Odd tastes

My top food loathing has always been coconut. I can’t bear the smell. One of my daughters shares this loathing with me. She told me recently it was only the desiccated form that she couldn’t stand so I bravely experimented. Lo and behold, me too!

So I now bravely use coconut milk in my cooking. I recently discovered coconut water is something one can buy too, and assumed it was the same as coconut milk. But no, I’ve learned coconut milk is produced from the grated flesh of a mature coconut, while coconut water is the watery liquid inside a maturing young coconut. In Papua New Guinea the Pidgin English name for a young coconut is kulau, the same word applying to its liquid content. But I digress.

As a child, I couldn’t eat tomato. It just revolted me – the texture, the taste, the smell. Then one day in my late teens, I discovered tomato could be disguised if it was with some other food, even just bread and butter. Now, decades later, I still don’t like to eat tomato by itself.

Someone I know can’t stomach even the smell of the spices and herbs in Indian food. Another person (me, actually) can’t abide the smell of popcorn – it always reminds me of coconut, desiccated of course. That means I avoid Mexican food altogether because to me the smell of popcorn permeates all those nachos and burritos and fajitas. I wish it were otherwise!

The only time I can put up with popcorn is when I’m with my young grandsons at the movies. It helps if it’s an engrossing movie, which doesn’t happen often in a cinema full of children. I sit in that dark space wondering if there are other people in the cinema like me, almost nauseated by the smell of popcorn but enduring it in the interests of love and good relations.

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Taste is such a funny thing. When my children were tiny, it was the done thing to gradually introduce new foods a little at a time as a cautious introduction to the world of tastes awaiting them. I didn’t experiment much with strange tastes for them but to my astonishment, after accidental exposure they quite liked such flavours as pickles and spicy foods – and one of them loved to eat cold squishy leftover silverbeet. Inexplicable.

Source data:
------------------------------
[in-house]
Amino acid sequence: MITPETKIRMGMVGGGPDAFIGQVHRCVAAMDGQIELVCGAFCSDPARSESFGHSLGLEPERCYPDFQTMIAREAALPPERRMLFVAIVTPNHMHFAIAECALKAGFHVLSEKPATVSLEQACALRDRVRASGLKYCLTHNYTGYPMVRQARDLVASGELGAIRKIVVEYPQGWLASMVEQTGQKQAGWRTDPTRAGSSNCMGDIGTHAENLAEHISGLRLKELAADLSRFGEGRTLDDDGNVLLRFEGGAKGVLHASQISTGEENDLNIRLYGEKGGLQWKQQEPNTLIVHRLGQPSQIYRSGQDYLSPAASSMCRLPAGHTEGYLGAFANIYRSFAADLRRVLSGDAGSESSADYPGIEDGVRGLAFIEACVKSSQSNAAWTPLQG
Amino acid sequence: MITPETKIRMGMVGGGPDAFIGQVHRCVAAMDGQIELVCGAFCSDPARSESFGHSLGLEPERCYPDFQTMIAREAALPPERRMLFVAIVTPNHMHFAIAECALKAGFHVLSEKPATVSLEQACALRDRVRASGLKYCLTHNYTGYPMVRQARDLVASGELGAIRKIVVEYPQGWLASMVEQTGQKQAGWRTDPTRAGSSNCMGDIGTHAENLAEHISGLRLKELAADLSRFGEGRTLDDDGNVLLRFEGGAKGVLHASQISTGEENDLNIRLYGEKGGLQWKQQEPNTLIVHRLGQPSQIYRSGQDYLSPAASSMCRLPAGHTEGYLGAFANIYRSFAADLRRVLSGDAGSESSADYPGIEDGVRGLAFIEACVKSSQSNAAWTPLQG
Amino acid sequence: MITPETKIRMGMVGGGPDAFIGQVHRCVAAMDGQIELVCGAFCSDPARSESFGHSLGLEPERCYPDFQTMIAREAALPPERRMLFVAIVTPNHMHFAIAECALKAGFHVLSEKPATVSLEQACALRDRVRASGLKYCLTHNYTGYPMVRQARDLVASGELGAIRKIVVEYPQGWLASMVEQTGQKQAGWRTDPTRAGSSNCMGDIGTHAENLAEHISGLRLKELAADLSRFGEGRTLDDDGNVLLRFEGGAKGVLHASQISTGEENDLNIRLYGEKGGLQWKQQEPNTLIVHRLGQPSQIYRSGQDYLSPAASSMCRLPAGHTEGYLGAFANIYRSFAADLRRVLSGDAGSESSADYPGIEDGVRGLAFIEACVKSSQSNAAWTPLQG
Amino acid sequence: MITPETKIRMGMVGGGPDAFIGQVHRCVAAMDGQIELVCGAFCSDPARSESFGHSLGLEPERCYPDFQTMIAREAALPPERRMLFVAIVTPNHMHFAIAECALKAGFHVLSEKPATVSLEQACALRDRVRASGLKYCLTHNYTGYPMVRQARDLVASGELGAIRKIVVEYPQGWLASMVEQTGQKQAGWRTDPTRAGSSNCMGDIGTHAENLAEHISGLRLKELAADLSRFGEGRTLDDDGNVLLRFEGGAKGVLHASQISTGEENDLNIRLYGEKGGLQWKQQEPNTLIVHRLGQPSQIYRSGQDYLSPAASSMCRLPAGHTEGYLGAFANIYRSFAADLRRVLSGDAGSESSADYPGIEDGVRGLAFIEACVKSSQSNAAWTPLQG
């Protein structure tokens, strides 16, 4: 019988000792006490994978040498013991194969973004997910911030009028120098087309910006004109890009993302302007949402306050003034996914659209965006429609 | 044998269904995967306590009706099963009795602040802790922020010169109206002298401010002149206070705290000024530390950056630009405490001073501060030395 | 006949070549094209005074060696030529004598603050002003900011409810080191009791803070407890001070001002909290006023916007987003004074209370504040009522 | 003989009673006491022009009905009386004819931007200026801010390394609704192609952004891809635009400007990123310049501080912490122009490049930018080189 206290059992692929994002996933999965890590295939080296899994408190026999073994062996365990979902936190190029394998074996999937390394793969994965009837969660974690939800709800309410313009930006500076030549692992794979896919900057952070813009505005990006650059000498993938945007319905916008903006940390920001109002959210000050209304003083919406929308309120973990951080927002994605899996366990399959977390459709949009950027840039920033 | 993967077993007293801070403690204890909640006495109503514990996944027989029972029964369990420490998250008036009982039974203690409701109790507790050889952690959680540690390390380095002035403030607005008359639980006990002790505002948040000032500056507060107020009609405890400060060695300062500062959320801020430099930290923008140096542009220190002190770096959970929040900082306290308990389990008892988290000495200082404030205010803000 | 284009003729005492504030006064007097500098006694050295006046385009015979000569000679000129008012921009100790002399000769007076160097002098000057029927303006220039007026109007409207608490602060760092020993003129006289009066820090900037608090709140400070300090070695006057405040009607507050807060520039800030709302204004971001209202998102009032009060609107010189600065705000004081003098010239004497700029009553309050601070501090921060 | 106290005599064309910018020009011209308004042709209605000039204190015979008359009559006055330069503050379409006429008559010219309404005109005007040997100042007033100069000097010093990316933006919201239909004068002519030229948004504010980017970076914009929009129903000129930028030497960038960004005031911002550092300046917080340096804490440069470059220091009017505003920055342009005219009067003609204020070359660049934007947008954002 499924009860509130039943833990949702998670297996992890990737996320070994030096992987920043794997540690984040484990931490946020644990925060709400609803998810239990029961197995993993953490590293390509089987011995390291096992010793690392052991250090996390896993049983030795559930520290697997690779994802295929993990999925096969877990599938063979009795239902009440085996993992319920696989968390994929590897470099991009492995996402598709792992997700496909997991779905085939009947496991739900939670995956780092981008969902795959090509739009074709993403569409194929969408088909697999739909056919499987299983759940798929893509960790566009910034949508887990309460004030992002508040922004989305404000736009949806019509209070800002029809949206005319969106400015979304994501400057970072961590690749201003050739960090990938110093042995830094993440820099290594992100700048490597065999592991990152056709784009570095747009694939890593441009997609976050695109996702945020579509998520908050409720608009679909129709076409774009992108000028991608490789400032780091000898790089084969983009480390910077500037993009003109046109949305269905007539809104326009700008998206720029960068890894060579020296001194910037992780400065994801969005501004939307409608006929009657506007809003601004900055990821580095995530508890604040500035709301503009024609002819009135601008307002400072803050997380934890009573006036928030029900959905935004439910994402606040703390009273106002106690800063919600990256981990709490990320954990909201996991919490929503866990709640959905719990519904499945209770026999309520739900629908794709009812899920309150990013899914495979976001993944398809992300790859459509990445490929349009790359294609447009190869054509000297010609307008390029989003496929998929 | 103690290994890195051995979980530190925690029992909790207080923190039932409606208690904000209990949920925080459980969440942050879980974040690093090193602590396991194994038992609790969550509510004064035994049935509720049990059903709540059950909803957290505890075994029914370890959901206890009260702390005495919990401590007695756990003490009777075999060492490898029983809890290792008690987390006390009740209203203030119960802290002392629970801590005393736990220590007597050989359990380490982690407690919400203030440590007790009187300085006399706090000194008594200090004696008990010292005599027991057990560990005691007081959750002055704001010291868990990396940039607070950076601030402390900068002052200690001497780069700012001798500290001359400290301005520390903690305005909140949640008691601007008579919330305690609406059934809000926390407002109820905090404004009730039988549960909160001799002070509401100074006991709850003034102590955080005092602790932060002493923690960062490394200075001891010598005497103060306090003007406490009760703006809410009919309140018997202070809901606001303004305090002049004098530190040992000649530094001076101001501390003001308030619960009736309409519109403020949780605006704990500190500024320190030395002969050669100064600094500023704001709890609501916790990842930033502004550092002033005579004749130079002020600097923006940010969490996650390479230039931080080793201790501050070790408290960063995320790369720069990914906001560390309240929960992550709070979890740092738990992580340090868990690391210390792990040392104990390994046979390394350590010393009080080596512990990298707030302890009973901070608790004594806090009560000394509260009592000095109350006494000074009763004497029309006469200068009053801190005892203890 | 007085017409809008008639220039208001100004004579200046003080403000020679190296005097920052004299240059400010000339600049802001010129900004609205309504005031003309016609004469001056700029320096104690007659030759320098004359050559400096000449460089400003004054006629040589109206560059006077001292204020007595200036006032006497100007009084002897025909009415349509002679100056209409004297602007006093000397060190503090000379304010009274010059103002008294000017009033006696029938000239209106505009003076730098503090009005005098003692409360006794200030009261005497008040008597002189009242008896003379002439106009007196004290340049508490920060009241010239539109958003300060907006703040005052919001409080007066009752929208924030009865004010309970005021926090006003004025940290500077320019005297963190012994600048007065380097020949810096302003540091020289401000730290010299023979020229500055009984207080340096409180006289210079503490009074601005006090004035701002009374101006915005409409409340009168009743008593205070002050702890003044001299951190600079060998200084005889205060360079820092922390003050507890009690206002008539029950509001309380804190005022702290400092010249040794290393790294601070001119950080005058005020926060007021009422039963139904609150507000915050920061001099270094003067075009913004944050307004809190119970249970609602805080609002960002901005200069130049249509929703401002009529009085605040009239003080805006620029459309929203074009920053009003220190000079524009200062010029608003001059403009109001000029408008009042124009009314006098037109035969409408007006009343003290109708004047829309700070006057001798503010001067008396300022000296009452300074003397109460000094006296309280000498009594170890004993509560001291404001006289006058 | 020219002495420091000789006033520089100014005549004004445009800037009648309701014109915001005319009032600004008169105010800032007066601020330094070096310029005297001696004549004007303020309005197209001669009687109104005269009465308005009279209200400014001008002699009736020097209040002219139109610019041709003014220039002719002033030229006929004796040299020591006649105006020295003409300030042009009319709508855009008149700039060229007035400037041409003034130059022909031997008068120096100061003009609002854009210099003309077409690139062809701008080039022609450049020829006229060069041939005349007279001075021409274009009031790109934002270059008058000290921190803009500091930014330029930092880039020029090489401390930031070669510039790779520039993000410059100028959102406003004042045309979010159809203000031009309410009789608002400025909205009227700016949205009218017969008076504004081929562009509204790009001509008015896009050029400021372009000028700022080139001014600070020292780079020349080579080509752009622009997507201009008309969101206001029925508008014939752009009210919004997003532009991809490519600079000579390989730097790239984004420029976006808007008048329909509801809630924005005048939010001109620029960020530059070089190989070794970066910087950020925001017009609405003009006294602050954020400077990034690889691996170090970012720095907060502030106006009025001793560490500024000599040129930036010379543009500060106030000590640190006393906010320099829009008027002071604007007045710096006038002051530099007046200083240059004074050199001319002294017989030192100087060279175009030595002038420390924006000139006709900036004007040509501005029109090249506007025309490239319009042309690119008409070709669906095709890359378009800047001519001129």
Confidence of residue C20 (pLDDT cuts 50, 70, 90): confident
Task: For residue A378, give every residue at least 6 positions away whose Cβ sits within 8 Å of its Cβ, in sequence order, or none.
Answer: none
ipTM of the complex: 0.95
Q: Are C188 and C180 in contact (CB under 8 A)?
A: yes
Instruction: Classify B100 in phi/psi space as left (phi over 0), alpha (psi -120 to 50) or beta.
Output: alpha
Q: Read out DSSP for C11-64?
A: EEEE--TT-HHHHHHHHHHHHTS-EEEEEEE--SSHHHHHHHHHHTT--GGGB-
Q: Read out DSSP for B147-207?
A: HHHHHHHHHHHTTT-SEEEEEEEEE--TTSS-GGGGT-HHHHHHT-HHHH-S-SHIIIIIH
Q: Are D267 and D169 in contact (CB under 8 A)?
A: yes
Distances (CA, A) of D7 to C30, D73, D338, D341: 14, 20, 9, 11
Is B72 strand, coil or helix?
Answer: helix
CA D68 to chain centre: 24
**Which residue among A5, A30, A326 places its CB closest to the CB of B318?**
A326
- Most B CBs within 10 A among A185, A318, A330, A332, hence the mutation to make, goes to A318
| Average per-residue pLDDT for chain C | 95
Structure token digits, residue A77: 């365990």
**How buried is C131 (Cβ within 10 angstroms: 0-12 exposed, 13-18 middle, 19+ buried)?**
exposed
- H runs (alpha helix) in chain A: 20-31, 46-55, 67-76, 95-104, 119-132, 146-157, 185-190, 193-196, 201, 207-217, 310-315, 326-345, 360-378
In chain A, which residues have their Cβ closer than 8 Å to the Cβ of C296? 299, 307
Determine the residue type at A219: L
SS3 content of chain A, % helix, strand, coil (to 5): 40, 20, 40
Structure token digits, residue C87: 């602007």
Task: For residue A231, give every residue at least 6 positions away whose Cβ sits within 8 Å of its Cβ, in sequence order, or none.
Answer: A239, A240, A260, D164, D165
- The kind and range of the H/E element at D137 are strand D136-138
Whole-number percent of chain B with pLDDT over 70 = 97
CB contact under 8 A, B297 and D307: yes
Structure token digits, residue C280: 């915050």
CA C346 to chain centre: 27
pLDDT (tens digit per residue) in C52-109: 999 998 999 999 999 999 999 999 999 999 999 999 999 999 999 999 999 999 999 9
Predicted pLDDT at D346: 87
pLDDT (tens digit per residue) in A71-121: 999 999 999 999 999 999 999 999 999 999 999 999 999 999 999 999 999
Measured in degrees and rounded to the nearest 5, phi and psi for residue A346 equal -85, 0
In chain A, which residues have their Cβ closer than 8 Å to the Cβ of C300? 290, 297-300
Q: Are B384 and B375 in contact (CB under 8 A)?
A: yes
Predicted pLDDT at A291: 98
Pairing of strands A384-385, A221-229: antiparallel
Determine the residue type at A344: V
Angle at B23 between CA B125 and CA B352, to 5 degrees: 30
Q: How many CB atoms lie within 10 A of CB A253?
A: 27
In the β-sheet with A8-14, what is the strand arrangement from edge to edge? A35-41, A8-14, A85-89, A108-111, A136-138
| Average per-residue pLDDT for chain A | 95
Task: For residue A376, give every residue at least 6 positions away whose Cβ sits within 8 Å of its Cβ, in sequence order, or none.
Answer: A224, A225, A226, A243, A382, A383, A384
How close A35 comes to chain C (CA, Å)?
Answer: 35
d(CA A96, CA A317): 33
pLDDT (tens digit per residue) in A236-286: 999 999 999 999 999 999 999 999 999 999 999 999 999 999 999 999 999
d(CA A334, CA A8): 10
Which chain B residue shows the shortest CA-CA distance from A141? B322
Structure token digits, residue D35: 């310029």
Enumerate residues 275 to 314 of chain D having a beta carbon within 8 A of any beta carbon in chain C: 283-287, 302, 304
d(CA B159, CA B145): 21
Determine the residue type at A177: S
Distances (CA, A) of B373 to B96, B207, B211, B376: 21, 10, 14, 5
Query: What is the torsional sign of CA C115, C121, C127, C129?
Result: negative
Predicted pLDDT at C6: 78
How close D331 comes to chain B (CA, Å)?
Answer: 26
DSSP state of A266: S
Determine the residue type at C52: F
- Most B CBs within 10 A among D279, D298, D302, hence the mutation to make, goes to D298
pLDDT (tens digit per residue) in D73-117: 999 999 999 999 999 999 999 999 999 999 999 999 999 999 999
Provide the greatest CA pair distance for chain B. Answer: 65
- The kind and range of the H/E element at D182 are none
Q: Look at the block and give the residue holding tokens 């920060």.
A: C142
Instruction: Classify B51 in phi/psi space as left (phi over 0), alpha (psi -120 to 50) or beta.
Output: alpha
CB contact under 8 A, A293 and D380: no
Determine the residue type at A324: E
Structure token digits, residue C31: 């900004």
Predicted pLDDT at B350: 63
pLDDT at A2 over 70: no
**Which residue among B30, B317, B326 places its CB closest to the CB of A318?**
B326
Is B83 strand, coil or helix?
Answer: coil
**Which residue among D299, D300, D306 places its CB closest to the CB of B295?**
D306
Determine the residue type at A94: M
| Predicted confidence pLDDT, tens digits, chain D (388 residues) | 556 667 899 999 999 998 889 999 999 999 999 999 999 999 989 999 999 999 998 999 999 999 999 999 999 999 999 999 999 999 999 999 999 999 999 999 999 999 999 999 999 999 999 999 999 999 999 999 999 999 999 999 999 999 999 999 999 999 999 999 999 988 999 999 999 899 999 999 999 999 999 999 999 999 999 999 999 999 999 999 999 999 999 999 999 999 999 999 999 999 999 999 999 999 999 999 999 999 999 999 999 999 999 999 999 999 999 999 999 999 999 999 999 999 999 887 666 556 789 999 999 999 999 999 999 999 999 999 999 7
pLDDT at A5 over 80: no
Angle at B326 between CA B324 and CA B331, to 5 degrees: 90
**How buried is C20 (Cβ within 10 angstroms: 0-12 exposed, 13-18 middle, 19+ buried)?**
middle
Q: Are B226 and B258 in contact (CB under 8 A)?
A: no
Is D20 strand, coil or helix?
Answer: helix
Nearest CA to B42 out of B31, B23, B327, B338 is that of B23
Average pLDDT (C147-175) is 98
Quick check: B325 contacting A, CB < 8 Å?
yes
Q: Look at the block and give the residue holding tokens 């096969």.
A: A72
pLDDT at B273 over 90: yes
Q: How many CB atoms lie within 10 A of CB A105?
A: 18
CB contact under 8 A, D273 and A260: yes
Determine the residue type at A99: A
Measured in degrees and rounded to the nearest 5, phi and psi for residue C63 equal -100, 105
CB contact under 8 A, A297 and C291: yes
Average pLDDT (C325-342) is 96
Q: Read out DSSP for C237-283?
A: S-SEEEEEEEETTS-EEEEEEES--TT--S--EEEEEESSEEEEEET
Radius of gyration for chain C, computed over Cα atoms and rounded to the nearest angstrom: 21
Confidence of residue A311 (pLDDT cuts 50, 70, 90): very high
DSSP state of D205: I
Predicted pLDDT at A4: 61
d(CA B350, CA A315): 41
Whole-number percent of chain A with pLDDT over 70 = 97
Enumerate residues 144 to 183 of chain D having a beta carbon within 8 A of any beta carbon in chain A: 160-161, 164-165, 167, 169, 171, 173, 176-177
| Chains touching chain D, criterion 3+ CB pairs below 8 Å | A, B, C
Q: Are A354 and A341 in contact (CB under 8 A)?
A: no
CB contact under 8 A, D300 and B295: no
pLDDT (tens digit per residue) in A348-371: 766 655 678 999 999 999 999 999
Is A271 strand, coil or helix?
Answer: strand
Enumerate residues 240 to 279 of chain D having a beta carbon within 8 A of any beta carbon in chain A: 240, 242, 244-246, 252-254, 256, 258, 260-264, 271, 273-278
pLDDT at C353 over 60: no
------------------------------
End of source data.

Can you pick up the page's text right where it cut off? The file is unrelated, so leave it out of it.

Someone I knew had a grandson who was one of those kids you hear about who can’t and won’t eat a range of foods. You hear some despairing story like, ‘he only eats Vegemite and cheese flavoured crackers, and sometimes a spoonful of baked beans’. My friend’s grandson was like that.

Once he reached five or six, his grandma decided to challenge him: for every new food he succeeded in adding to his diet (meaning he’d still be eating it a month later), she would give him $20, a lot of money when you’re five or six. It meant of course that for every new food added to his diet, he had to attempt a variety of new foods. She ended up giving him more than $100 over two years. His parents were pleased, and so was the boy.

Do you have intense feelings about some foods? Is your pet hate something others hate too, like stinky cheese, or something so ordinary that others find it extraordinary that you don’t like it?